Celestina’s House, 2001 by Paula Rego (b. 1935)
Few virgins (I thank God for it) have you seen in this city that I have not helped sell their wares. As soon as the girl is born, I write her down in my register and keep a catalogue of all their names to the intent that I might know how many escaped my net. Why, what did you think of me, Sempronio? Can I live by the air? Can I feed myself with wind? Do I inherit any other land? Have I any other house or vineyard? Know you of any other substance of mine besides this office? By what do I eat and drink? By what do I put clothes on my back and shoes on my feet? In this city was I born; in it was I bred; and in it I live (though I say it) in good credit and estimation, as all the world knows. You may rest assured that he who knows not both my name and my house is a stranger in this town.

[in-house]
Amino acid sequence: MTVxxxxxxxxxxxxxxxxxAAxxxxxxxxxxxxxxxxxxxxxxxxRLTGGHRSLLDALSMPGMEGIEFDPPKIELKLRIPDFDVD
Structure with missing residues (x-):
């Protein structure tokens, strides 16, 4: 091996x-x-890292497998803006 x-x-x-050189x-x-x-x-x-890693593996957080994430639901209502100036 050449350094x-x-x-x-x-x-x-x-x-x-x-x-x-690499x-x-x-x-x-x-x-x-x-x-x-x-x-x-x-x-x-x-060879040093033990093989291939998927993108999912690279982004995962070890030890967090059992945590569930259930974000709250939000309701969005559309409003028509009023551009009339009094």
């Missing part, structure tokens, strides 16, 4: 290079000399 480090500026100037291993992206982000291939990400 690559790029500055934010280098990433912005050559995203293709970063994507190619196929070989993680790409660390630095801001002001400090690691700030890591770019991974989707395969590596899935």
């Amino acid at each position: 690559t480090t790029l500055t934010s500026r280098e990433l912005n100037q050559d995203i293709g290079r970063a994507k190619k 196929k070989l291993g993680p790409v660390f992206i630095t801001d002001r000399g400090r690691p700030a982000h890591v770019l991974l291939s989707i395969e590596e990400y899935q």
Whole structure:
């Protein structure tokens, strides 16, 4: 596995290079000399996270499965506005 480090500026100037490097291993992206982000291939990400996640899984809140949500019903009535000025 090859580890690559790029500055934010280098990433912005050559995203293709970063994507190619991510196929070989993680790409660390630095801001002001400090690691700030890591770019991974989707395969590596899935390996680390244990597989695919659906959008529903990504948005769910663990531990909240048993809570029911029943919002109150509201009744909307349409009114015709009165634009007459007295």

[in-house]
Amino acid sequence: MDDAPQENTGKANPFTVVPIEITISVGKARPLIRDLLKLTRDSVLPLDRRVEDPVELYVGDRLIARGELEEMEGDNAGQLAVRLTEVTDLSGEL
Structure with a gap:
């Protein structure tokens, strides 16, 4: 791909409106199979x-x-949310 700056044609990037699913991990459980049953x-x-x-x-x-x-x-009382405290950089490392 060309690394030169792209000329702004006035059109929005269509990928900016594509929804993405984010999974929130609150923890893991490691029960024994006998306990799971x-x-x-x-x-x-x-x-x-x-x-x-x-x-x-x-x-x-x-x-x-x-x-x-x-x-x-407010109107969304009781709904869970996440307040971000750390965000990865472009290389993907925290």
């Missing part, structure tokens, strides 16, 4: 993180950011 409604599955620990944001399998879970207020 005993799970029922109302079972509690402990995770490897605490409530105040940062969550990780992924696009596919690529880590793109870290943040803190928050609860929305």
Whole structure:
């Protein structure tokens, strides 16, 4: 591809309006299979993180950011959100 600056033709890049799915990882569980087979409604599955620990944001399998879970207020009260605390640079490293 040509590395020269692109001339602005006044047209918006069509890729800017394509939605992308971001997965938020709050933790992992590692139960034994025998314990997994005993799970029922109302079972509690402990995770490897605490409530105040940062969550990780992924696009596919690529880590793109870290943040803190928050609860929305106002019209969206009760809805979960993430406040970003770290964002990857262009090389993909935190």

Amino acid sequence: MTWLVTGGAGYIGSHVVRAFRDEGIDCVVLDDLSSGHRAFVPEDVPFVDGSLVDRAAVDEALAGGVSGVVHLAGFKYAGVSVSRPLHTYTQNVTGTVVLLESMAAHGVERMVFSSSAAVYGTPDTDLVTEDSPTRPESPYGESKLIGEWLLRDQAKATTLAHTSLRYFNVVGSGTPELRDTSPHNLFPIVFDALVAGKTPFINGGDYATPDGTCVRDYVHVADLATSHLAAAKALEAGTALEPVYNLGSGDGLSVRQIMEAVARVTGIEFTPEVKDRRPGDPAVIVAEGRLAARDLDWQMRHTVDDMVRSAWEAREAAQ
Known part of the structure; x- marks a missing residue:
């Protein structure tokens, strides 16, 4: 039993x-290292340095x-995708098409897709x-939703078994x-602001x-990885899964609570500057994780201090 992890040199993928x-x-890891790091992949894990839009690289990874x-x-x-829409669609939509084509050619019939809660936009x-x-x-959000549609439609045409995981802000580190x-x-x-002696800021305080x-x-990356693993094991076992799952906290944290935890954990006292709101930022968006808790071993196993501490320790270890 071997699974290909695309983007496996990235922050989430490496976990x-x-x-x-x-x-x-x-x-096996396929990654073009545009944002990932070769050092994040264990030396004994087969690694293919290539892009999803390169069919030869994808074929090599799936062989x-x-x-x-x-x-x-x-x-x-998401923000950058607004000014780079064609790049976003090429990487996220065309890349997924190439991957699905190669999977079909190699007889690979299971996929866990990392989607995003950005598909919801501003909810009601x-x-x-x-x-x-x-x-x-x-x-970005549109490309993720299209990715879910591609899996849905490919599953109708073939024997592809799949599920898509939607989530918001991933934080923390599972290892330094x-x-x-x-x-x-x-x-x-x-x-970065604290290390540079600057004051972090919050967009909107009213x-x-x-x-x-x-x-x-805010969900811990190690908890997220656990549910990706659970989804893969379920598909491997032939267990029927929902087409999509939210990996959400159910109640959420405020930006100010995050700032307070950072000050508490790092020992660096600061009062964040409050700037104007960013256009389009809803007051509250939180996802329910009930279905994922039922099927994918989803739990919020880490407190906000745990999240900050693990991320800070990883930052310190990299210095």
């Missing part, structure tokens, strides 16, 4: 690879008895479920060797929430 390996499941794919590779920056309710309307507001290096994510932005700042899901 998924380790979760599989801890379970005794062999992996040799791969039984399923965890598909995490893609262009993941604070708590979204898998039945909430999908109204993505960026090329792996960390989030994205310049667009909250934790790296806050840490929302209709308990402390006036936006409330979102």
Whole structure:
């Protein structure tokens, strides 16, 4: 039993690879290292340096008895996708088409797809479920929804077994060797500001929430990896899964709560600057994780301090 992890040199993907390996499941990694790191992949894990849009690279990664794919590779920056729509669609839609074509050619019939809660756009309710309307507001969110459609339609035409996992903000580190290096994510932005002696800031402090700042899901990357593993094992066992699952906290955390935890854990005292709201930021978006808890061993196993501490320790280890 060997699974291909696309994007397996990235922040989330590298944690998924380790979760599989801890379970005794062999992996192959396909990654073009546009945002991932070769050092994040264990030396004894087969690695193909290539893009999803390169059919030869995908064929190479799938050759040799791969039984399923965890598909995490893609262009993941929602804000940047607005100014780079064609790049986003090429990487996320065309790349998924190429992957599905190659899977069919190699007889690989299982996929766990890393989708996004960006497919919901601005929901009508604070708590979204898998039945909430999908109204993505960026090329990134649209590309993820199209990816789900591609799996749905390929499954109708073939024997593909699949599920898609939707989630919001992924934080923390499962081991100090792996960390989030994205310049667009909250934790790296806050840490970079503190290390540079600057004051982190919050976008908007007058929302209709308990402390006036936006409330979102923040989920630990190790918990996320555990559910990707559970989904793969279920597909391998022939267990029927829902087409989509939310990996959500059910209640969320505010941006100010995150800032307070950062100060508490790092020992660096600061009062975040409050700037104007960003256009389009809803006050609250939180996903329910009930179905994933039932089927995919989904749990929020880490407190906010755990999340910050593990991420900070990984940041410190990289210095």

From José María Ruano de la Haza’s adaptation of Celestina. Based on the English translation by James Mabbe (1631) of the Comedia de Calisto y Melibea by Fernando de Rojas (1499).